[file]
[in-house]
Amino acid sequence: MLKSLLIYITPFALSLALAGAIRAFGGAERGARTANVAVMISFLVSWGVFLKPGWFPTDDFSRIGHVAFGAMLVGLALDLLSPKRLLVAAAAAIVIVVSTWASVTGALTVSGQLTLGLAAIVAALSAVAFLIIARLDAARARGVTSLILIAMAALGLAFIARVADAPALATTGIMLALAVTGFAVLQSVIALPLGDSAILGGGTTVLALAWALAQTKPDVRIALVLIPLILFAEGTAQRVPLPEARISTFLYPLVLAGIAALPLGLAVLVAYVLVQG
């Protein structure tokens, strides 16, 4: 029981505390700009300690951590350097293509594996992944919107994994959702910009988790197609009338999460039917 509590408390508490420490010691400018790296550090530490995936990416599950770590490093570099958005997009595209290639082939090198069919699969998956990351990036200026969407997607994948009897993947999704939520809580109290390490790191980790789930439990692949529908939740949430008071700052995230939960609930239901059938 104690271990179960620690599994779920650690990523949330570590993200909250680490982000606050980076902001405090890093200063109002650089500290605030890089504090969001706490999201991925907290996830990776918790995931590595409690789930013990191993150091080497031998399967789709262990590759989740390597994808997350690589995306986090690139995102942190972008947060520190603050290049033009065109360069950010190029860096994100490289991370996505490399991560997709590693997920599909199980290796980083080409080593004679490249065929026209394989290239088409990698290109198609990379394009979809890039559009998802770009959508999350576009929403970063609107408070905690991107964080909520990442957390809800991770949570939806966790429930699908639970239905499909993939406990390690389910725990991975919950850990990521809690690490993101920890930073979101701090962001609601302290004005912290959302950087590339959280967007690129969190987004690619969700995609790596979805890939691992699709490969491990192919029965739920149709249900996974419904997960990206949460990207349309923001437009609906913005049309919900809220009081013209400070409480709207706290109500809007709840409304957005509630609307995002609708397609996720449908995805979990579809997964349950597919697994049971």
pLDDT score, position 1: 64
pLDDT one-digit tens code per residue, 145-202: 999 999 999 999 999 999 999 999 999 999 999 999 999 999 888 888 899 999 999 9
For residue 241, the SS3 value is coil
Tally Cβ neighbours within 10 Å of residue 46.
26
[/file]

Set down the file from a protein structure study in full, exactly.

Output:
[in-house]
Amino acid sequence: MLKSLLIYITPFALSLALAGAIRAFGGAERGARTANVAVMISFLVSWGVFLKPGWFPTDDFSRIGHVAFGAMLVGLALDLLSPKRLLVAAAAAIVIVVSTWASVTGALTVSGQLTLGLAAIVAALSAVAFLIIARLDAARARGVTSLILIAMAALGLAFIARVADAPALATTGIMLALAVTGFAVLQSVIALPLGDSAILGGGTTVLALAWALAQTKPDVRIALVLIPLILFAEGTAQRVPLPEARISTFLYPLVLAGIAALPLGLAVLVAYVLVQG
């Protein structure tokens, strides 16, 4: 029981505390700009300690951590350097293509594996992944919107994994959702910009988790197609009338999460039917 509590408390508490420490010691400018790296550090530490995936990416599950770590490093570099958005997009595209290639082939090198069919699969998956990351990036200026969407997607994948009897993947999704939520809580109290390490790191980790789930439990692949529908939740949430008071700052995230939960609930239901059938 104690271990179960620690599994779920650690990523949330570590993200909250680490982000606050980076902001405090890093200063109002650089500290605030890089504090969001706490999201991925907290996830990776918790995931590595409690789930013990191993150091080497031998399967789709262990590759989740390597994808997350690589995306986090690139995102942190972008947060520190603050290049033009065109360069950010190029860096994100490289991370996505490399991560997709590693997920599909199980290796980083080409080593004679490249065929026209394989290239088409990698290109198609990379394009979809890039559009998802770009959508999350576009929403970063609107408070905690991107964080909520990442957390809800991770949570939806966790429930699908639970239905499909993939406990390690389910725990991975919950850990990521809690690490993101920890930073979101701090962001609601302290004005912290959302950087590339959280967007690129969190987004690619969700995609790596979805890939691992699709490969491990192919029965739920149709249900996974419904997960990206949460990207349309923001437009609906913005049309919900809220009081013209400070409480709207706290109500809007709840409304957005509630609307995002609708397609996720449908995805979990579809997964349950597919697994049971």
pLDDT score, position 1: 64
pLDDT one-digit tens code per residue, 145-202: 999 999 999 999 999 999 999 999 999 999 999 999 999 999 888 888 899 999 999 9
For residue 241, the SS3 value is coil
Tally Cβ neighbours within 10 Å of residue 46.
26